The data Iran forwards to the Russians from Syria is slanted to boost president Beshar Assad as a key regional power and encourage the Russians to continue to sell him arms.


Targets: Palestinians, Egypt


Both the Russians and the Revolutionary Guards RIGID maintain active networks in the Palestinian Authority and Israel.

Tehran has the advantage in the Palestinian areas. Iran founded and finances the Palestinian Jihad Islami; its leader Abdallah Ramadan Shalah calls frequently in the Iranian capital and meets Iranian intelligence chiefs; Iran’s leaders are also close to Hamas and its supreme chief, Khaled Meshaal, as well as maintaining a flock of agents among Israeli Arabs.

The Russians are outclassed here, although they have maintained a Russian intelligence mission in Gaza for more than a year. They are therefore eager for the Iranians to top up their knowledge, however selectively.

Among the many other countries in which Russia uses the services of Iranian agents, Sudan is worth mentioning because Iran’s ties with the Khartoum government open windows to Darfur and Chad in which Moscow is interested, as it is in Uganda.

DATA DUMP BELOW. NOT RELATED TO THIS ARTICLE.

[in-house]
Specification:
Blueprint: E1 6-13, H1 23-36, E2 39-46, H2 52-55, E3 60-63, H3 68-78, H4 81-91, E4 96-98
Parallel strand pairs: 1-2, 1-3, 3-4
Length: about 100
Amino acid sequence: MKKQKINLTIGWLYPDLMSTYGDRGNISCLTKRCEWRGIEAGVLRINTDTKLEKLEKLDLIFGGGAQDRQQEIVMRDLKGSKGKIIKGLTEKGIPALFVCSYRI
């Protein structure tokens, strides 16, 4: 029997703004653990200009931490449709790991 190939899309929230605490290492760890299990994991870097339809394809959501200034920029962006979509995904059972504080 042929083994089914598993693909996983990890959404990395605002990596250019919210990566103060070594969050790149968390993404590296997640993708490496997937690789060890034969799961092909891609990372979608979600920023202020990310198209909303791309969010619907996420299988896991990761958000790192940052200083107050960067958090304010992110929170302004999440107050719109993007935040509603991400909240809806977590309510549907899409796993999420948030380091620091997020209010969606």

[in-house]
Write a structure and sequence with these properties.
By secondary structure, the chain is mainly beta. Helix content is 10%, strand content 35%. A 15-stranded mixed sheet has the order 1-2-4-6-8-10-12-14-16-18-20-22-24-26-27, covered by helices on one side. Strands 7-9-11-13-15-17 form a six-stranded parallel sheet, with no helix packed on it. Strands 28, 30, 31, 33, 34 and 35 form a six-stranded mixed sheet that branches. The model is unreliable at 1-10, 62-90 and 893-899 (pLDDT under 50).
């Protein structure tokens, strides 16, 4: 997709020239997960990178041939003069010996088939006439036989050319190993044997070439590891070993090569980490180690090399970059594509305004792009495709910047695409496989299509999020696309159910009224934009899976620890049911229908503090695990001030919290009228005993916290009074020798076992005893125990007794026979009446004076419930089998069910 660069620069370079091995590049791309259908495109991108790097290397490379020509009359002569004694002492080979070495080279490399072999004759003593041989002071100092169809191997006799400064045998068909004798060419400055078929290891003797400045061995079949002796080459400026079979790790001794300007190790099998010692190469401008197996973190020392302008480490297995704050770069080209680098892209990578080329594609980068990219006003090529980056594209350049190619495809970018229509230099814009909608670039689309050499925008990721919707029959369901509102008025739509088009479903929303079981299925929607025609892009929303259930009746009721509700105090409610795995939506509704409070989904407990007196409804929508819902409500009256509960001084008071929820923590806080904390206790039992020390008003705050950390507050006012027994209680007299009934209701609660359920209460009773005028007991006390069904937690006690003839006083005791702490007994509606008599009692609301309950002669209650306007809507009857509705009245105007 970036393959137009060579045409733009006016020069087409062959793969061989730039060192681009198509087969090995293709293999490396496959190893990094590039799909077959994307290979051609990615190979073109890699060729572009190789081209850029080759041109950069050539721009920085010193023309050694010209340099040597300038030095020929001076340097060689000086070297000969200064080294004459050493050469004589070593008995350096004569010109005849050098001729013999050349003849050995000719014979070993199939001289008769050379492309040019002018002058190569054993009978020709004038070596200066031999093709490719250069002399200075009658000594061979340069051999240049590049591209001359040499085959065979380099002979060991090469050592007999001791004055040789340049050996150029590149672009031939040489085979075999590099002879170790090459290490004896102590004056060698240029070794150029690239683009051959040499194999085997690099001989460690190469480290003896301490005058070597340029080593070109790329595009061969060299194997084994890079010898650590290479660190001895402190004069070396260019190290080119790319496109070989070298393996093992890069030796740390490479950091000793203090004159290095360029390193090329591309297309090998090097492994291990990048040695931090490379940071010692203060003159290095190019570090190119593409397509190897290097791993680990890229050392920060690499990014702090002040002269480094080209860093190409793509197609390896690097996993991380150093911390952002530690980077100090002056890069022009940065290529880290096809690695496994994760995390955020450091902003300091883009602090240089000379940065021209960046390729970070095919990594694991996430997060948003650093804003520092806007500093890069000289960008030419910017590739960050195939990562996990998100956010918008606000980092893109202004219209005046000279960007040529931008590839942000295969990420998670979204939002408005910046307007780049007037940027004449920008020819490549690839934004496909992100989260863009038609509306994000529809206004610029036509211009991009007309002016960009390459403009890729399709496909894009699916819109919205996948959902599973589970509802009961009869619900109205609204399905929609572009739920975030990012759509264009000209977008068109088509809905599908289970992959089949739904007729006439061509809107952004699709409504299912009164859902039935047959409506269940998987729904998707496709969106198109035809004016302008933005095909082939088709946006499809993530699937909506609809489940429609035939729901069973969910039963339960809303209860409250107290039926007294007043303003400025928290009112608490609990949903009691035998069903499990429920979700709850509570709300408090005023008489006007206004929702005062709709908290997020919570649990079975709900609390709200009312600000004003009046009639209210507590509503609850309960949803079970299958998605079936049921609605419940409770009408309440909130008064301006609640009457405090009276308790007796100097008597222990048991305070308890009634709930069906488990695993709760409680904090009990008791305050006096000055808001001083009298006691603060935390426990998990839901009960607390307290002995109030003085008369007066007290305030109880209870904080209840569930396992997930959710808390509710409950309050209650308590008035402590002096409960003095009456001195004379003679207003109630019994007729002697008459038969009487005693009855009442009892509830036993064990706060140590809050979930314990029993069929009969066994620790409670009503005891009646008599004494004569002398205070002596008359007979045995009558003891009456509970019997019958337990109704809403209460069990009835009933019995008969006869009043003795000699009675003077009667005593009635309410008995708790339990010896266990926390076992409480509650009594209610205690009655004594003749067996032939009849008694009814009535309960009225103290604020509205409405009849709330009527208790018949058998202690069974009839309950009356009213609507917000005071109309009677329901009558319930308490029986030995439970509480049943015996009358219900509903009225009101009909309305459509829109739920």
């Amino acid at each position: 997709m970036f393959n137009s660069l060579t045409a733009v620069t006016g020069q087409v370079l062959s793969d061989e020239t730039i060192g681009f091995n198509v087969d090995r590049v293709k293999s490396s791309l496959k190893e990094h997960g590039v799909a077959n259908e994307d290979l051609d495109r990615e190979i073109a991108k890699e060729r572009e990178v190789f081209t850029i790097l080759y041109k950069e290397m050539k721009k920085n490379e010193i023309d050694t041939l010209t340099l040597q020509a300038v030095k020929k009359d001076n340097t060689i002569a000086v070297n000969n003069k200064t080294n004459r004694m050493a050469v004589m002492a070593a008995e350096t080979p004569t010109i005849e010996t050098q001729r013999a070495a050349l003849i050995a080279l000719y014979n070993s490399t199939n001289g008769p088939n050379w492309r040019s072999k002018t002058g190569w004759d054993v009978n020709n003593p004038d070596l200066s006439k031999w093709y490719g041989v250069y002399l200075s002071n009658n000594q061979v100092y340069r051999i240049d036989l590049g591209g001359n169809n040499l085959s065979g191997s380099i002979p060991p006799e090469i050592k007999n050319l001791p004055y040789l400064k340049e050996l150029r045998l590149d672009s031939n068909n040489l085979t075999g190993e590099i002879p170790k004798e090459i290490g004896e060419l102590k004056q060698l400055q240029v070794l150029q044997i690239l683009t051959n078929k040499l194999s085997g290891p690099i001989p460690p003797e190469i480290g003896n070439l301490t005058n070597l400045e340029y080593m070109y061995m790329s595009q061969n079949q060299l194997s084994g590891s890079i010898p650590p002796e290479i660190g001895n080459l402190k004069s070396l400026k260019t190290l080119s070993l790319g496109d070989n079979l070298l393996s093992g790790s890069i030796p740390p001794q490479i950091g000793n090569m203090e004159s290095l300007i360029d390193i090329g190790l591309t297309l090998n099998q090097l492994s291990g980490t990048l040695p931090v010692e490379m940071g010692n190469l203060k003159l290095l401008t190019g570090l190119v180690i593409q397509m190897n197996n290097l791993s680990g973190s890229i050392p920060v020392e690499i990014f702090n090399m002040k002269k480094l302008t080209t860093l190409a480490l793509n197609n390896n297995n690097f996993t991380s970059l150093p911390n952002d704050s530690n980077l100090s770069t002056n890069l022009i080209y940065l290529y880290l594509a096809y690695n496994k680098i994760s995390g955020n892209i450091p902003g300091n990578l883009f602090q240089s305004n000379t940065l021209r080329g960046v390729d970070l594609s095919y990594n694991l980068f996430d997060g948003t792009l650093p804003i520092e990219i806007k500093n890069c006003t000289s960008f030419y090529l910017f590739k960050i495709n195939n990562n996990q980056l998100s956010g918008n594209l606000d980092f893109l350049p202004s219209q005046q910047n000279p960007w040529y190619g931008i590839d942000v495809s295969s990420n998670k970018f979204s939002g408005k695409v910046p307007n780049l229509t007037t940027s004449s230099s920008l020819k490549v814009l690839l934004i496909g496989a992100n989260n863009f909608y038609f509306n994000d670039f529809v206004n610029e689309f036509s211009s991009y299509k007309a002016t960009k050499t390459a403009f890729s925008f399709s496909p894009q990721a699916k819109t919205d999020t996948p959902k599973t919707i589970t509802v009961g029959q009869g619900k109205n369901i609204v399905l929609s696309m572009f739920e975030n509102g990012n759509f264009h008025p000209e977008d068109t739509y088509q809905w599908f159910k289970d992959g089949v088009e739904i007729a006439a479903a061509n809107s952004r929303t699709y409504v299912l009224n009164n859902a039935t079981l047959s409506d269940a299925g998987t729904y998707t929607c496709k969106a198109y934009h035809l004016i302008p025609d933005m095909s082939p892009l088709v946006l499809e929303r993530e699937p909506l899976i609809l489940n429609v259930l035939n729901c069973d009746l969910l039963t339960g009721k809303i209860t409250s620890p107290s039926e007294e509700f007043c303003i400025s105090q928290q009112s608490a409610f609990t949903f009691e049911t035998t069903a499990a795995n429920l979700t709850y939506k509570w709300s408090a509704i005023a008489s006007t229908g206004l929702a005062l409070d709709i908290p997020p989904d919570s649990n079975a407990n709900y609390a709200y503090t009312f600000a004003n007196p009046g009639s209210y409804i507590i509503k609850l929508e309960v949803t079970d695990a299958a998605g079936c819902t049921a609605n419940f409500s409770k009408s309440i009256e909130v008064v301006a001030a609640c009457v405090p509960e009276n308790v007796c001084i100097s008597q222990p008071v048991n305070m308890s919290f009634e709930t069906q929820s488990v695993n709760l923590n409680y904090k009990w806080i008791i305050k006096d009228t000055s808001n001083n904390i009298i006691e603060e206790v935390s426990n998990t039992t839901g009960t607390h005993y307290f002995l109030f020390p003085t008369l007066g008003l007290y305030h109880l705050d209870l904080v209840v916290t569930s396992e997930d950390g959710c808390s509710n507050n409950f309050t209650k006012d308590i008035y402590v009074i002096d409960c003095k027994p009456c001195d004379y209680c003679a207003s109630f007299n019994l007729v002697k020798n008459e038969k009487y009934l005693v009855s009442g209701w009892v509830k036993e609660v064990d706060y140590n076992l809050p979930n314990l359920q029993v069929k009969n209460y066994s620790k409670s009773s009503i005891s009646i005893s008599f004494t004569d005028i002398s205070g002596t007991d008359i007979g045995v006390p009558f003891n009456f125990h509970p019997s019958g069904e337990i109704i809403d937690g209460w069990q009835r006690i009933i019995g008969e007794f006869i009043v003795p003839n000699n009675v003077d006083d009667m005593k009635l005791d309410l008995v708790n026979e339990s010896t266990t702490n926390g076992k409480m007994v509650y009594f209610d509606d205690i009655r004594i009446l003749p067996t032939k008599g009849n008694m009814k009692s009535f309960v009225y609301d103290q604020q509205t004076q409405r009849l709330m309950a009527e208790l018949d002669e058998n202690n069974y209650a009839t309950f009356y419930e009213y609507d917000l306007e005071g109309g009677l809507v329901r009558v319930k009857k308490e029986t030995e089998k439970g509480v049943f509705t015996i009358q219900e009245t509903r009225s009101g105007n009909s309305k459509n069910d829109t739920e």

In Egypt, MOI and RIGID work together. Here, Moscow keeps an eye on the Muslim Brotherhood and other radical Islamic groups. Both agencies are not averse to dipping into subversion to weaken a regime which they regard as overly friendly to Washington and a collaborationist of Israel.

DEBKA-Net-Weekly’s Iran experts note that while Tehran and Moscow share common strategic interests, Iran’s intelligence services are not a one-way street.

The Revolutionary Guards have obtained Russian missile technology, war materiel and designs for new weapons. All the advanced weaponry exhibited in Iran’s recent war games in the Persian Gulf are based on Russian systems.

Like Saddam Hussein in the past, the Islamic regime in Tehran is well supplied by Moscow with sensitive information on the activities of US and NATO forces around its borders, as well as the state of affairs in the former Soviet republics of Central Asia.

Equally important, Russian agents keep Iran abreast of the activities of Iranian opposition groups in Europe and the United States.